"Don't think about that. Think about what you're being offered. A guaranteed posting for as long as you want it. A generous salary. An active job in the field, not stuck behind a desk. And that's not all." She motioned to one of the bodyguards, who stepped forward. He produced a small silver cylinder and handed it to Ari. A holoprojector. She felt the deceptively-heavy device for the button, and activated it. Blue light tumbled forth, forming a rotating schematic. And a familiar logo on it.

"Is that…"

"Yes. Only design of its caliber in the world. We have the prototype in containment, and we're willing to release it to you, permanently, if you take the job. I've spoken to your doctor and the experts. They all agree, it shouldn't be an issue."

Ari admired the blueprints. "And all I'd have to do is shadow you?"

The overseer with the white hair laughed. "Oh, no. I have my secretary. But a new position on the Council was recently filled, and he's assembling his staff. He seems to have taken a shine to you. I'm just delivering the offer while I'm down here on… Council business."

Reluctantly, Ari shut off the holoprojector, feeling the weight of it in her palm. "How long do I have to decide? And where will I be stationed?"

O5-5 stood, straightening her dress. "It sounds to me like you've already decided, but I'll give you until tomorrow when I fly out. As for where — officially, anywhere your boss goes. Unofficially…" She smiled. "You should pack a parka."

Ari shut the passenger door after hopping out of the truck and collecting her bag. She liked to travel light, nothing more than a duffel bag. Everything else would be provided for her, she was assured. The truck idled for a few seconds before shifting into gear and continuing down the road. The wind was howling worse than ever, whipping snow into her face and against her parka. She looked at the digital watch on her right wrist. It was awkward and uncomfortable, but she was getting used to wearing it there. It informed her that it was currently 4:33 in the morning, and she was sure the sky would agree if it wasn't occupied with screaming like a banshee at her. She wrapped her scarf tighter and walked into town.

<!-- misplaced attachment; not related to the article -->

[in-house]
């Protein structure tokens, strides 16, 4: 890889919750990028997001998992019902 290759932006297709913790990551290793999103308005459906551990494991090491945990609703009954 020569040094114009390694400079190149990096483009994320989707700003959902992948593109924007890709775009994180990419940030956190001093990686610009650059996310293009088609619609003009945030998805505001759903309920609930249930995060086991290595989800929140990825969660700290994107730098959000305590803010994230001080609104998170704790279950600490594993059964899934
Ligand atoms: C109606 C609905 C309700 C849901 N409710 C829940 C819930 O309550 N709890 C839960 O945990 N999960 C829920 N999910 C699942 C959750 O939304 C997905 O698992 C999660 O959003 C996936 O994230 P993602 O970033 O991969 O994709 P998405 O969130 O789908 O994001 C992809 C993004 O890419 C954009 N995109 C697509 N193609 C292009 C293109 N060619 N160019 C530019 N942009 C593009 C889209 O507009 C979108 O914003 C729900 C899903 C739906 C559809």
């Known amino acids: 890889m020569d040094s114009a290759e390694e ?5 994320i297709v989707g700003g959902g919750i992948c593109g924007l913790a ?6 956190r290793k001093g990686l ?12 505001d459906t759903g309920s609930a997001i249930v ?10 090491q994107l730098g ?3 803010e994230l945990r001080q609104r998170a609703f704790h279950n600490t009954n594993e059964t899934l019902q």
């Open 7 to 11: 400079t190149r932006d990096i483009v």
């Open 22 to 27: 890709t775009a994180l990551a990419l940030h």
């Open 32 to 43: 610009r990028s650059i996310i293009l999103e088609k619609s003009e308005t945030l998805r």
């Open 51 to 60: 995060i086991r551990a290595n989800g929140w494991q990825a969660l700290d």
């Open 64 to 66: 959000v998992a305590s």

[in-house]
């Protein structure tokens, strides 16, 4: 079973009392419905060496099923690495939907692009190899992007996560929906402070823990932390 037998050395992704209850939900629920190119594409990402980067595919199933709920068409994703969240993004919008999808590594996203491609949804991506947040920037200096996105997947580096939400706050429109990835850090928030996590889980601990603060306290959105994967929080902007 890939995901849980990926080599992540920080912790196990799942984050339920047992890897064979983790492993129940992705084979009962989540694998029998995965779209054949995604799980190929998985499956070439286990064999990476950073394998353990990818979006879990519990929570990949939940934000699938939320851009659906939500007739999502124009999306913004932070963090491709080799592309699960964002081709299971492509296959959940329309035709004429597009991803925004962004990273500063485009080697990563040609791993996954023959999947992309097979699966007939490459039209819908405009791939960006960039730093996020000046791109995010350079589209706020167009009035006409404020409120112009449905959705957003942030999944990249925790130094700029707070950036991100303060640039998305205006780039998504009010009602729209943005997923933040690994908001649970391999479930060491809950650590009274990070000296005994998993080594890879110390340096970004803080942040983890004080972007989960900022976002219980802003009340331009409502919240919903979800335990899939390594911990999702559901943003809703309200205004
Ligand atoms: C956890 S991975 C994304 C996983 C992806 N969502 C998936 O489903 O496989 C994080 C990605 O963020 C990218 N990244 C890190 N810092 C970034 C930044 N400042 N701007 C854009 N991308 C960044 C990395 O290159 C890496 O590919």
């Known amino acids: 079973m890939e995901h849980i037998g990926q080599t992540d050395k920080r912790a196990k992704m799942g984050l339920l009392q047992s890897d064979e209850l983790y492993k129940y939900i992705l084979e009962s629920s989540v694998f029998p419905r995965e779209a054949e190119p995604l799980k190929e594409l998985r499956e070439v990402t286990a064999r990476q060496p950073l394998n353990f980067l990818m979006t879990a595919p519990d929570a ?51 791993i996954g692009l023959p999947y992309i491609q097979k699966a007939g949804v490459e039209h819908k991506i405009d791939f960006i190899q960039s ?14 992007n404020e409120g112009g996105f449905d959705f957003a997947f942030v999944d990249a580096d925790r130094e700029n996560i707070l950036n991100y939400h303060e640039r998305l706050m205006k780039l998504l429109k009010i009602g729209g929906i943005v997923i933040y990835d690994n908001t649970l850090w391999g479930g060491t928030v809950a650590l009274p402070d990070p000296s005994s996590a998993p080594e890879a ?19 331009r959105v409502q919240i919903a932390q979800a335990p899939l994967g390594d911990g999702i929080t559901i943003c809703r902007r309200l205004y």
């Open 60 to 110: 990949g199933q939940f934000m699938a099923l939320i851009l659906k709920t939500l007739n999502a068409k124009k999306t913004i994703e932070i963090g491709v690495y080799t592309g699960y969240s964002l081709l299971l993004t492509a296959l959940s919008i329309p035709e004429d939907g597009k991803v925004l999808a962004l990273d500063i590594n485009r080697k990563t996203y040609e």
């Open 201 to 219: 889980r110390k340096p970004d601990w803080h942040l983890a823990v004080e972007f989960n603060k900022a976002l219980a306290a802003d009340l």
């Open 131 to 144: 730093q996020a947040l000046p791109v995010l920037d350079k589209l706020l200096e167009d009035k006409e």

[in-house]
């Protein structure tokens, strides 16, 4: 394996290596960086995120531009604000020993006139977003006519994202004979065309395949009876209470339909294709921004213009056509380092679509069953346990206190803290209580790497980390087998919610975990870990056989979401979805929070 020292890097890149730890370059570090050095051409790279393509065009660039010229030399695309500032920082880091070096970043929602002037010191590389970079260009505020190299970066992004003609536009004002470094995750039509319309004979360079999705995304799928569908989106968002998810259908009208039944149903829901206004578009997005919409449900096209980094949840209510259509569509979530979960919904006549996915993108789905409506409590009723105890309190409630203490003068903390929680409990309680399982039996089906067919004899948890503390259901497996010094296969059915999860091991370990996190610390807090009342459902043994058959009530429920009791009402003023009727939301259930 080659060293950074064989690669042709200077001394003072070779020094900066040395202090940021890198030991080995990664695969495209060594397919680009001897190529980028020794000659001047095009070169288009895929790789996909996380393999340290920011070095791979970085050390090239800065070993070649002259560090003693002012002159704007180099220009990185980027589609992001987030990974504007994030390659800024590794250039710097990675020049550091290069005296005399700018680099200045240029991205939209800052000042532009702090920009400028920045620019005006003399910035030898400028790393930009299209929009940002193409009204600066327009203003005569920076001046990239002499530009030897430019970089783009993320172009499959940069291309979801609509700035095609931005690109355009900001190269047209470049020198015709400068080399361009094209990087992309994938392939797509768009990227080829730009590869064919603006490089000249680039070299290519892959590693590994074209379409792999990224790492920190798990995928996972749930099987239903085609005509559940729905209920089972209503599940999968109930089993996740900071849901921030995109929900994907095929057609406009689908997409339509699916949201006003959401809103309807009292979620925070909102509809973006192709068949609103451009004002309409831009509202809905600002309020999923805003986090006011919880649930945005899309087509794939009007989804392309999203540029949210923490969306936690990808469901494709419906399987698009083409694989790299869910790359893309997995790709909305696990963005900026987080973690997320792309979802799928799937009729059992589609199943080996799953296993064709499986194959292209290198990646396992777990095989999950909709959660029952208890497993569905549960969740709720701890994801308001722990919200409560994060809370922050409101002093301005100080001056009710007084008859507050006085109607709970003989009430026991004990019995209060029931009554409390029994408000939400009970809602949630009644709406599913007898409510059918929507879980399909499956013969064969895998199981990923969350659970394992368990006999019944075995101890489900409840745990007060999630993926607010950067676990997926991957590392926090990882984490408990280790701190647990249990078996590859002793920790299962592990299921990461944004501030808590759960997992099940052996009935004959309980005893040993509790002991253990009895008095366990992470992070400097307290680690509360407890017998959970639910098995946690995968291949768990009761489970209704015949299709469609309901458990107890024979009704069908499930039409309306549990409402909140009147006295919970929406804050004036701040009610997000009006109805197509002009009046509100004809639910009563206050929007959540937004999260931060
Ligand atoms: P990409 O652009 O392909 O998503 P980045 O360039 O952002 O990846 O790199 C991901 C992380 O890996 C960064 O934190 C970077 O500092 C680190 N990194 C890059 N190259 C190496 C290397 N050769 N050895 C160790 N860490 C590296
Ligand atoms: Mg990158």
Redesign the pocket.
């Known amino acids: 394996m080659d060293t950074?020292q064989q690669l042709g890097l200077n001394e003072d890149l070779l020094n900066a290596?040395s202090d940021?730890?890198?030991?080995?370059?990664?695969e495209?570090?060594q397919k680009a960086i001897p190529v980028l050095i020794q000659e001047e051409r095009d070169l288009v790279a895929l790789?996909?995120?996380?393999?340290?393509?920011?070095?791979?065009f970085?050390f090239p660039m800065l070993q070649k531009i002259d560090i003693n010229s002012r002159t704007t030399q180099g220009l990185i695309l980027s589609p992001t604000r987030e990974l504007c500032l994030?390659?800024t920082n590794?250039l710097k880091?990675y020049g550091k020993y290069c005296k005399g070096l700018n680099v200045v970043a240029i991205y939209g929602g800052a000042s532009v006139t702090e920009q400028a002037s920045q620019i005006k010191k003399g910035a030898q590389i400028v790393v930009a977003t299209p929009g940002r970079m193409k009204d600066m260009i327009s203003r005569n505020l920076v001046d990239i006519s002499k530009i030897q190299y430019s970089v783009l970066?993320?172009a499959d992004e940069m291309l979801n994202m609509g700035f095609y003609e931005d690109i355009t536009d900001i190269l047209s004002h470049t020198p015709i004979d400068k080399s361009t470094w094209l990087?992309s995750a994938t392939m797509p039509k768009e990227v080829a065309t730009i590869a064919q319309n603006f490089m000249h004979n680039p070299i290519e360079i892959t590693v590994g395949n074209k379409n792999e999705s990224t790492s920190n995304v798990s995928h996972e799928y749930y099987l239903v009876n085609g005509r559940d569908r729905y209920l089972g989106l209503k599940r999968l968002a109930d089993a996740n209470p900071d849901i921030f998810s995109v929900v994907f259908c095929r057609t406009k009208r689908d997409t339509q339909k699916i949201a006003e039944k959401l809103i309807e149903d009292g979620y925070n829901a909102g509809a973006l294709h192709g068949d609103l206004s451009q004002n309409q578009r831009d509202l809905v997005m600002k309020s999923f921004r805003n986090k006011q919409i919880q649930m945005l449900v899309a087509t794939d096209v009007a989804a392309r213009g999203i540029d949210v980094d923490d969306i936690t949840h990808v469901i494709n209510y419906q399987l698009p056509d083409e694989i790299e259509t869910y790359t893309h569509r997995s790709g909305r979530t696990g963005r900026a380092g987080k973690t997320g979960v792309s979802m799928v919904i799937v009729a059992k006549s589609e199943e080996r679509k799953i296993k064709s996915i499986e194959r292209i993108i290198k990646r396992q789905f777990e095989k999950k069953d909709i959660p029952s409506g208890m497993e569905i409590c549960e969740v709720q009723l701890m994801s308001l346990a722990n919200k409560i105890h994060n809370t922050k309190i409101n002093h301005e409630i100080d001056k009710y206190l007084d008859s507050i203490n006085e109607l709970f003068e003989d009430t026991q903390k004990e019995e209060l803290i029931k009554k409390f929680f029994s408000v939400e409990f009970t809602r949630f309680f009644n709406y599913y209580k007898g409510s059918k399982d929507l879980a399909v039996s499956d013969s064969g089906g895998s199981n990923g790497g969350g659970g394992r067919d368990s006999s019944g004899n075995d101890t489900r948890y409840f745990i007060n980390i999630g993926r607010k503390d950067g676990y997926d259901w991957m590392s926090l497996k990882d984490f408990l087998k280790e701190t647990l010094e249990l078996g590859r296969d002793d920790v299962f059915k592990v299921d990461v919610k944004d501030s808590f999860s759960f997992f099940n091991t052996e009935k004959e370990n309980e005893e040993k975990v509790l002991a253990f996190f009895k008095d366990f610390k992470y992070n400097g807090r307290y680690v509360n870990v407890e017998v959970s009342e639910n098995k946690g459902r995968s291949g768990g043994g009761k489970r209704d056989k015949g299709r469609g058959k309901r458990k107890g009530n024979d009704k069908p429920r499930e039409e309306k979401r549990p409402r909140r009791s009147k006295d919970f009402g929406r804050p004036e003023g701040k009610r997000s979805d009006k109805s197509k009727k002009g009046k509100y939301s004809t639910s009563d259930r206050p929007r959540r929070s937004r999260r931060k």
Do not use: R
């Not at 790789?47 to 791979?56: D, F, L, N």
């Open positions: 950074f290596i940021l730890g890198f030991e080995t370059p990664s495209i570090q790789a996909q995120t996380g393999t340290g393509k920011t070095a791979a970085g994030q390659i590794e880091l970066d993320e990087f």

Nome was a small, sleepy town. It did have an equally small and sleepy airport, but the entire Norton Sound had been wrapped in unseasonably inclement weather for the past few weeks. The same climate change that had rendered Nome — the original Nome, not the town now named Nome — underwater was now forming one of the nastiest long blizzards in recent memory. The worst of it was out to sea, but all flights had been grounded regardless. Even the regular Foundation quadcopters to and from Site-7 were grounded. Under normal circumstances, the smart thing would've been to wait it out, but Ari was on a deadline.

There were already a handful of people out and about, in beat-up old pickups or scooters. Some of them waved at the strange woman they didn't recognize. She nodded, but didn't wave back as she made her way straight to the Port of Nome.

The seas were rough. Unsurprisingly, the storm had gotten worse, and the horizon was now an indistinct, howling mass of grey. Ari shielded her eyes, and looked to the few boats rocking in the harbor until she saw her target. It was a small cargo ship; not one of the goliaths, but holding maybe ten containers, tops. In block letters on the hull read her name: Teaser.

Ari snorted, and made her way down the harbor walk to where it was moored. The metal gangplank led from the concrete wall, over the riotous waters, onto the metal deck of the ship. She walked it up and down. The ship was about a hundred meters long, she estimated, and maybe fifty feet across. Most of that space was taken up by the huge shipping containers, leaving a small space at the forward and walkways running along the sides of the vessel. The wind whipped sprays of water into her face.

"Hey, you!"

She turned. There was a man standing on the opposite end of the bow from her. He was old, and had that lean look about him that people in the far north seemed to pass down with their genes. Wiry without being scrawny. He was wearing waders over a thick jumpsuit and a jacket and a knitted beanie covering a few remaining tufts of grey hair completed the trawler ensemble.

"What're you doin' on my boat?" He yelled over the roaring wind.

She unzipped part of her jacket, flashing her sleeve at him. The white Foundation patch stood out against the black canvas. "You were told to expect me?" She shouted back.

"Aw, shit. You're the VIP. Yeah, we're expecting ya. But what the fuck are you doin' topside?"